Header Image—detail of Mercury Window

Art as Potential: The Potential of Art

Based on an article in the Botton Village News 1991

As a visual artist I take up the pen reluctantly. There are however some general and fundamental issues which I feel called upon to discuss. These centre around ‘seeing’ and ‘experiencing’ contemporary art in a new way, and perhaps placing the arts back into the dynamic role they ought to have.

Many people still have a direct and meaningful connection with the art and culture of former times. Egypt, Greece, Ireland and the Renaissance, even painting and sculpture from the first third of the 20th century are loved, venerated and enjoyed. Never before have so many people travelled, visited ancient sites, taken photographs, bought art books and hung reproductions of the great masters on their walls. There is a great longing to be surrounded by the dear well known fragments of the past.

Why this longing? Why this hunger? Perhaps people are searching for beauty, perfection and inspiration. Much of the so called culture of today seems a hollow wasteland, a dry over intellectual sphere or a frantic chase after baubles. Between the longing for great art and the manifestations of contemporary culture, there must be some middle ground, something that leads into the future.

The fragments of past cultures bear within them the genius of a people. They were created by individual artist-craftsmen , but the overriding inspiration was  greater and far more potent then the individual. They worked out of a  totality of integrity, out of an instinctive service for the divine. Each cultural epoch brought something new, a form entirely suited to itself, but the people striving to manifest it, did not innovate or invent out of themselves. It is this super-sensible quality that we recognise in ancient art, it is this that even now inspires and warms our souls.

The Renaissance as the dawning of our age brought something entirely new into the world. It was possible for the first time in human history for an individual to represent a whole culture in themselves. Leonardo, Raphael and Michelangelo were geniuses in the fullest sense of the word. They attained a new pinnacle of human achievement hitherto undreamt of. They are our cultural ancestors but also our greatest handicaps in a true understanding of contemporary art and its potential.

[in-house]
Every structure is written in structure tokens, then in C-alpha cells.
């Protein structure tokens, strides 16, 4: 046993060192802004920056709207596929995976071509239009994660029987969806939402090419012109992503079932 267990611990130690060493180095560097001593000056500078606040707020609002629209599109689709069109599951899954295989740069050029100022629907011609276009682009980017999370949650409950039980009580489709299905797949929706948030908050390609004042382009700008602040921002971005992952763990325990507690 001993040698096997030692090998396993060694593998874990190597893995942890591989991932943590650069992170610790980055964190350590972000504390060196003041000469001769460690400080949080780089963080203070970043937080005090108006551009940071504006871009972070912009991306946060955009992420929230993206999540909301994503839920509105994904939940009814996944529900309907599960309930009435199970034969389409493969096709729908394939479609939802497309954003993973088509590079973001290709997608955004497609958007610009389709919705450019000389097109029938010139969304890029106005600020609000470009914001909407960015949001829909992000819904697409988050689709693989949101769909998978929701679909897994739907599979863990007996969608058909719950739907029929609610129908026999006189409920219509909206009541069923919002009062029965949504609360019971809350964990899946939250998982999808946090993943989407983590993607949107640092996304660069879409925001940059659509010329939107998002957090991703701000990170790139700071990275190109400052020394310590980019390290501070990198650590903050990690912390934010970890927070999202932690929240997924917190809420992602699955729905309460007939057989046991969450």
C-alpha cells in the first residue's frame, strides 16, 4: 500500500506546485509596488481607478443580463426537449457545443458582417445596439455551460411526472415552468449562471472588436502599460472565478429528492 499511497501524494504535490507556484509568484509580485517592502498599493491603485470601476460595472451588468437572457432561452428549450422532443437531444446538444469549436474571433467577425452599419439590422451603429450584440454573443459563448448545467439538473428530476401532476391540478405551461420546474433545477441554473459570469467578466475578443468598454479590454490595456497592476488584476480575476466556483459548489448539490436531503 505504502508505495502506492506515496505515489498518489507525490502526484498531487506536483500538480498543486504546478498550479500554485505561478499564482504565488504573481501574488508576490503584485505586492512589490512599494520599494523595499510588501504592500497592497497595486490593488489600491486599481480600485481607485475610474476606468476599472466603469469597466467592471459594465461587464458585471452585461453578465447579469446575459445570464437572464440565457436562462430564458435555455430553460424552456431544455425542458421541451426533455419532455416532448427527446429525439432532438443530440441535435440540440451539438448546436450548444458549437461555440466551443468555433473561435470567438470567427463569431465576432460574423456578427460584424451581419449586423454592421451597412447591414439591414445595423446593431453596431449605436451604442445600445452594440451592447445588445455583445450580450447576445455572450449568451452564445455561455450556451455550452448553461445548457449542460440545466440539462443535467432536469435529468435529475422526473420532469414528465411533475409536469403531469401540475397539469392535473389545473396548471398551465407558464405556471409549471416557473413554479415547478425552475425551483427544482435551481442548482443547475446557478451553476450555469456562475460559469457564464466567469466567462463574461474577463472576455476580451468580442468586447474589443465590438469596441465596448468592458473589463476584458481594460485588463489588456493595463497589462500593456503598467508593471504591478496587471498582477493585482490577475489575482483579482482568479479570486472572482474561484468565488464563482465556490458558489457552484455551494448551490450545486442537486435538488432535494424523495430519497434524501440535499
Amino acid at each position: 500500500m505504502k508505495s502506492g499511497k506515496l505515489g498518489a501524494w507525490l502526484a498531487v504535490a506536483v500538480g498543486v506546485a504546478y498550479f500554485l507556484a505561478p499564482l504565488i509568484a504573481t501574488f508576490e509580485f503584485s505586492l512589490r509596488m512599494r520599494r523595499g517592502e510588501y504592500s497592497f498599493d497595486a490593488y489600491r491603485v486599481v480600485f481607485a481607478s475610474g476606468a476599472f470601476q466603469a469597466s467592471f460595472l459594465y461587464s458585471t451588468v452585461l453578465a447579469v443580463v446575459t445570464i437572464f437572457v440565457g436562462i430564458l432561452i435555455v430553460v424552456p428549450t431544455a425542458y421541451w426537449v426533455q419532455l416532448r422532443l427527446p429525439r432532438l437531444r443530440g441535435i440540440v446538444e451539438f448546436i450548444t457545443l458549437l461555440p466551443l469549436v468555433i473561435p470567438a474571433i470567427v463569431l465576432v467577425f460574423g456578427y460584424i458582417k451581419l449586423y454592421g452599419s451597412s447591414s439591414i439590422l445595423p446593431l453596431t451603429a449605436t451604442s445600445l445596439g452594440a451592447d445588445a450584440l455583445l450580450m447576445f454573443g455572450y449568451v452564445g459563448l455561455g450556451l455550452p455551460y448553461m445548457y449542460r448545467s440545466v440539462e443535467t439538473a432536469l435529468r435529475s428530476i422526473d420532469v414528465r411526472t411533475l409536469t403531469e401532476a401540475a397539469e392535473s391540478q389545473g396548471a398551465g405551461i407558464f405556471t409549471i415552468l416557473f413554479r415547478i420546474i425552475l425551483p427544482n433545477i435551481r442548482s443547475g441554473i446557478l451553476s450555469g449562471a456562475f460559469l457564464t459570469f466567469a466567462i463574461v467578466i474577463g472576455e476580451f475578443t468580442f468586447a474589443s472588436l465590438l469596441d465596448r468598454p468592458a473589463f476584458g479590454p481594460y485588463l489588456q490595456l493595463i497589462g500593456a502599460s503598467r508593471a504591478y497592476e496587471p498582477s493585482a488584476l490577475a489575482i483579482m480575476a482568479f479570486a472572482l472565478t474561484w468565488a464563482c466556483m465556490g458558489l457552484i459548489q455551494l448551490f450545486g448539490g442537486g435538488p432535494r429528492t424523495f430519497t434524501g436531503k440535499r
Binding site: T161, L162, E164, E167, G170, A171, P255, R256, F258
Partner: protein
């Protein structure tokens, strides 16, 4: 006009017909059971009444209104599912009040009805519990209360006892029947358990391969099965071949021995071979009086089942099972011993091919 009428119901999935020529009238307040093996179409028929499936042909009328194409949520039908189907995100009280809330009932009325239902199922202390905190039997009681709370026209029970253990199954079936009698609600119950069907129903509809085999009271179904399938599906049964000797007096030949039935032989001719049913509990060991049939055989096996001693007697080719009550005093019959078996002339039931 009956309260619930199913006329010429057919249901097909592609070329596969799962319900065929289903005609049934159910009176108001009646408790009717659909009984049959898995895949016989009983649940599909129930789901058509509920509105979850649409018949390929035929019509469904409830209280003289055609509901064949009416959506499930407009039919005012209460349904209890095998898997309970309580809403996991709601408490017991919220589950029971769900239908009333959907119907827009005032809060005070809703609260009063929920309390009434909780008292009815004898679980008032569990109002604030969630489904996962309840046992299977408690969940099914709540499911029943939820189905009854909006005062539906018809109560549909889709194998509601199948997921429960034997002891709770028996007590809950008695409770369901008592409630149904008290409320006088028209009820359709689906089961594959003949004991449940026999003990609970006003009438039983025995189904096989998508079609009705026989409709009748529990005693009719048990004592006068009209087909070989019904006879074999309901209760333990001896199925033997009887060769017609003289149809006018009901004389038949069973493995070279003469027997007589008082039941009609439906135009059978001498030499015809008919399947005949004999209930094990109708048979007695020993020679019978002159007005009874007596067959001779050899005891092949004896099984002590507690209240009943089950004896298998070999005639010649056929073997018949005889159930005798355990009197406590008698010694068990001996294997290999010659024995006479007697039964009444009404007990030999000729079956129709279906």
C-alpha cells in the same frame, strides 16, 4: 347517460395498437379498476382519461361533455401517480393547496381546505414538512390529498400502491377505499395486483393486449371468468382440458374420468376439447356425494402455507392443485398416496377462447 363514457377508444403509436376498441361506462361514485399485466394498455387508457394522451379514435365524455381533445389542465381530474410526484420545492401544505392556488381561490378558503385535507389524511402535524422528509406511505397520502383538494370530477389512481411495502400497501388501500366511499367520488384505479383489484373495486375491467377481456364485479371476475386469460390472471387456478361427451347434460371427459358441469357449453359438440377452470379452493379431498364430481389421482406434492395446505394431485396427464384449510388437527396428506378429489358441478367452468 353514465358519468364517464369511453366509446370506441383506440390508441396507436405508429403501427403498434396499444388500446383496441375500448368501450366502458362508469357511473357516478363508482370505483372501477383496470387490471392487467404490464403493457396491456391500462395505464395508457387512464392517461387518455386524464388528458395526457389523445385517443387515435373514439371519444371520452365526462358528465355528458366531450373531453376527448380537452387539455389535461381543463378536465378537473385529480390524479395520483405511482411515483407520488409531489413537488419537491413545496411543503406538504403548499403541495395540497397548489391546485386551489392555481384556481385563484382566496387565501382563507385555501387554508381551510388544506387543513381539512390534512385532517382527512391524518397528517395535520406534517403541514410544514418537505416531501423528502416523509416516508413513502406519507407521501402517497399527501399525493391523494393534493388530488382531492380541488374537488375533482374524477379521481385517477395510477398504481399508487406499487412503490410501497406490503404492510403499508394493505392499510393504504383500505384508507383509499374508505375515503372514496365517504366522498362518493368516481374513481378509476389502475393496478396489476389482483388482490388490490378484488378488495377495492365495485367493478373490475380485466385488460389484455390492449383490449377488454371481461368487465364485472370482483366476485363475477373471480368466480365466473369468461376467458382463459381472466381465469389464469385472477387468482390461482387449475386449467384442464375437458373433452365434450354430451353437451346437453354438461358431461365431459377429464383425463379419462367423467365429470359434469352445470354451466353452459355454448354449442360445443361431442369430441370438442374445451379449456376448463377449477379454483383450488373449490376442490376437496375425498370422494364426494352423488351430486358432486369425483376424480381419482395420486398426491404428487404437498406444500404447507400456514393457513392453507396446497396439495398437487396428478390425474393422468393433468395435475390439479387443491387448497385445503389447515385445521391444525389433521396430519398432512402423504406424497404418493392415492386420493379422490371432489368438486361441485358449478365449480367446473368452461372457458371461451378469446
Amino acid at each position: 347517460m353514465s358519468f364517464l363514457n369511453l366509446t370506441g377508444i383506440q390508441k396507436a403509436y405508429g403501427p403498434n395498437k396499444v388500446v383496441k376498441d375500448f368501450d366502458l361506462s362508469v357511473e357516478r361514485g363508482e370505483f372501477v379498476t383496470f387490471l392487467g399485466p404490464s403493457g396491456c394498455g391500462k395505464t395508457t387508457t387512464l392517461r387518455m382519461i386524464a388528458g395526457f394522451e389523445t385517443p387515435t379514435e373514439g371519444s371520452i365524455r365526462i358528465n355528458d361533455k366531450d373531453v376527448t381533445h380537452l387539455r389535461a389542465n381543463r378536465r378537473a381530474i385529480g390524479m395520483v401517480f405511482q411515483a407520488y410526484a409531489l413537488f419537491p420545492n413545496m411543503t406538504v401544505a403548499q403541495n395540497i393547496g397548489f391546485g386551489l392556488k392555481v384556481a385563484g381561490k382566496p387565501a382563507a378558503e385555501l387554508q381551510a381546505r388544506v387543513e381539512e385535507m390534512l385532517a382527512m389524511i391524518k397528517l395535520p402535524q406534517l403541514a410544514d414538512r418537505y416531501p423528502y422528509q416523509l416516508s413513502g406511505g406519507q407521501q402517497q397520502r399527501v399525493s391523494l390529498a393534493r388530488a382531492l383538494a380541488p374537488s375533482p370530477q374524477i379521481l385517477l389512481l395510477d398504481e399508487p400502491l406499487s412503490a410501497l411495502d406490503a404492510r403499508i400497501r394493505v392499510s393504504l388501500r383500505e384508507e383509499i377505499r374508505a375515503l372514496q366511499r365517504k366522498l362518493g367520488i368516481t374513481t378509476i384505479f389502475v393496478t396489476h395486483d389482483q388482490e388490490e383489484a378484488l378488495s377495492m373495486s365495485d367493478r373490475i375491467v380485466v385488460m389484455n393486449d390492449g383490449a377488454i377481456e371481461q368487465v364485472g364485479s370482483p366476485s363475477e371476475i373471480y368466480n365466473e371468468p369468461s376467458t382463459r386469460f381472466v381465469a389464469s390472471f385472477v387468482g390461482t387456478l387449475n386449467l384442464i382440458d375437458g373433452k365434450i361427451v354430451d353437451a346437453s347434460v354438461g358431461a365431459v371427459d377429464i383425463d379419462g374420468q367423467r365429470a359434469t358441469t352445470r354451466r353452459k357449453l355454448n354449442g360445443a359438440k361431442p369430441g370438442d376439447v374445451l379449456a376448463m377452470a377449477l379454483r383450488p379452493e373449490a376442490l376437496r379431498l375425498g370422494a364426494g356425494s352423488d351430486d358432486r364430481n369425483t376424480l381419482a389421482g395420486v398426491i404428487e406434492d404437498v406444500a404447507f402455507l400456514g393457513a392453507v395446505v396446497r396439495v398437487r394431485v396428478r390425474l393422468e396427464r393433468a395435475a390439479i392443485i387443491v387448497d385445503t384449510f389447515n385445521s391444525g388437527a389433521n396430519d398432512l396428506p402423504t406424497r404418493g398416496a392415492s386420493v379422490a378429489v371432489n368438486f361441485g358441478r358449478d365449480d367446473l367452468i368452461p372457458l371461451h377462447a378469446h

Since about the second third of the 20th century there appears to have been a kind of cultural vacuum. The artists who worked at the end of the 19th and into the 20th century were the heralds of a new age. They sought to overcome the stuffy traditions of the academies and the preconceptions of the bourgeois. They stood between the genius of the Renaissance and the new man who must transform the outer world into  inner experience.

The artist today works in a void, the traditions have been superseded and all aspects of his work have been usurped by the clever inventions of science. Photography has largely negated the need for painted portraits; huge advertisements for mundane products are today’s paintings. Recorded music reduces the numbers of composers and musicians. Television makes obsolete visits to the opera, theatre and ballet. The modern artist lives and works in a culture which has made him redundant and impotent.

The money led avant-garde, fosters and promotes the work of certain artists, but the general public more often than not greet their work with suspicion, revulsion or simple indifference. It might well be meaningful on a remote intellectual level as a development of some petty innovation but seems to lack that essential ingredient that we could call ‘soul food’.

The artist has to find his way through a bewildering hall of mirrors in an atmosphere of indifference and redundancy. How can this be achieved? It seems fairly clear that he cannot convince the world that really– it’s all a big misunderstanding, that civilisation and culture need him. Many people appear to function very well without the slightest exposure to, or interest in living art. Hence the way forward is not through glitz and glitter, the ephemera of outer success, but through an ever more inward process; spiritualisation of his medium and of himself.

Spiritualisation is a process of redemption. A coarse substance such as stone or paint can be so penetrated by an artist’s love and will, that it becomes something else. It is refined in a crucible of experience and suffering and is ennobled. Base metal becomes gold, the human being gives back his talents to the Creator and they are multiplied a thousandfold.